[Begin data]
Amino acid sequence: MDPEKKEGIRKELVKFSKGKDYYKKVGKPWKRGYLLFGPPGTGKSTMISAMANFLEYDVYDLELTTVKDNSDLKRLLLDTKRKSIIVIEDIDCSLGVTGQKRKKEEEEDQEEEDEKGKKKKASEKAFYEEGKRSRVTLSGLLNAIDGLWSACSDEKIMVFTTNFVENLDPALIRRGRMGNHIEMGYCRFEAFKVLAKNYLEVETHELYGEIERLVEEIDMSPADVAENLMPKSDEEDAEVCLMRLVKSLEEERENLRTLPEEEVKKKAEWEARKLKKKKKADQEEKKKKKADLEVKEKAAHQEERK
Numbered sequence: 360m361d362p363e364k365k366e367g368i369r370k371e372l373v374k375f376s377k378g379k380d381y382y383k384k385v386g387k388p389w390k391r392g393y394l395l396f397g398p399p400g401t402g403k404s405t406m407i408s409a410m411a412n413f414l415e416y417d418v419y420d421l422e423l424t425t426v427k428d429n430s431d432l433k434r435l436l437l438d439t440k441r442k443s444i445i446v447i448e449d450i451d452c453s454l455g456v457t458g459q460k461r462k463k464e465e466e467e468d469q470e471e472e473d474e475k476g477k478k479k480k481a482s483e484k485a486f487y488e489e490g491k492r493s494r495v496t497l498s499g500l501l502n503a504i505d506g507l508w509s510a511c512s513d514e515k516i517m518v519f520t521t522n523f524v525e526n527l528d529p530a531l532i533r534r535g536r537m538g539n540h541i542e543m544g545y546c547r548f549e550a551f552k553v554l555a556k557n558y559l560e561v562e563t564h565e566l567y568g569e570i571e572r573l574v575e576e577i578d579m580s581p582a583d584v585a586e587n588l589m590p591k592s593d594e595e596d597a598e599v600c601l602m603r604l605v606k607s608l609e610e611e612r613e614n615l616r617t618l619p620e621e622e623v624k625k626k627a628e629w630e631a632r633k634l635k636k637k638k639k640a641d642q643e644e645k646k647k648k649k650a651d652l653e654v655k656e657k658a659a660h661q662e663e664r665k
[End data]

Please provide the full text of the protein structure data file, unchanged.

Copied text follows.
Amino acid sequence: MDPEKKEGIRKELVKFSKGKDYYKKVGKPWKRGYLLFGPPGTGKSTMISAMANFLEYDVYDLELTTVKDNSDLKRLLLDTKRKSIIVIEDIDCSLGVTGQKRKKEEEEDQEEEDEKGKKKKASEKAFYEEGKRSRVTLSGLLNAIDGLWSACSDEKIMVFTTNFVENLDPALIRRGRMGNHIEMGYCRFEAFKVLAKNYLEVETHELYGEIERLVEEIDMSPADVAENLMPKSDEEDAEVCLMRLVKSLEEERENLRTLPEEEVKKKAEWEARKLKKKKKADQEEKKKKKADLEVKEKAAHQEERK
Numbered sequence: 360m361d362p363e364k365k366e367g368i369r370k371e372l373v374k375f376s377k378g379k380d381y382y383k384k385v386g387k388p389w390k391r392g393y394l395l396f397g398p399p400g401t402g403k404s405t406m407i408s409a410m411a412n413f414l415e416y417d418v419y420d421l422e423l424t425t426v427k428d429n430s431d432l433k434r435l436l437l438d439t440k441r442k443s444i445i446v447i448e449d450i451d452c453s454l455g456v457t458g459q460k461r462k463k464e465e466e467e468d469q470e471e472e473d474e475k476g477k478k479k480k481a482s483e484k485a486f487y488e489e490g491k492r493s494r495v496t497l498s499g500l501l502n503a504i505d506g507l508w509s510a511c512s513d514e515k516i517m518v519f520t521t522n523f524v525e526n527l528d529p530a531l532i533r534r535g536r537m538g539n540h541i542e543m544g545y546c547r548f549e550a551f552k553v554l555a556k557n558y559l560e561v562e563t564h565e566l567y568g569e570i571e572r573l574v575e576e577i578d579m580s581p582a583d584v585a586e587n588l589m590p591k592s593d594e595e596d597a598e599v600c601l602m603r604l605v606k607s608l609e610e611e612r613e614n615l616r617t618l619p620e621e622e623v624k625k626k627a628e629w630e631a632r633k634l635k636k637k638k639k640a641d642q643e644e645k646k647k648k649k650a651d652l653e654v655k656e657k658a659a660h661q662e663e664r665k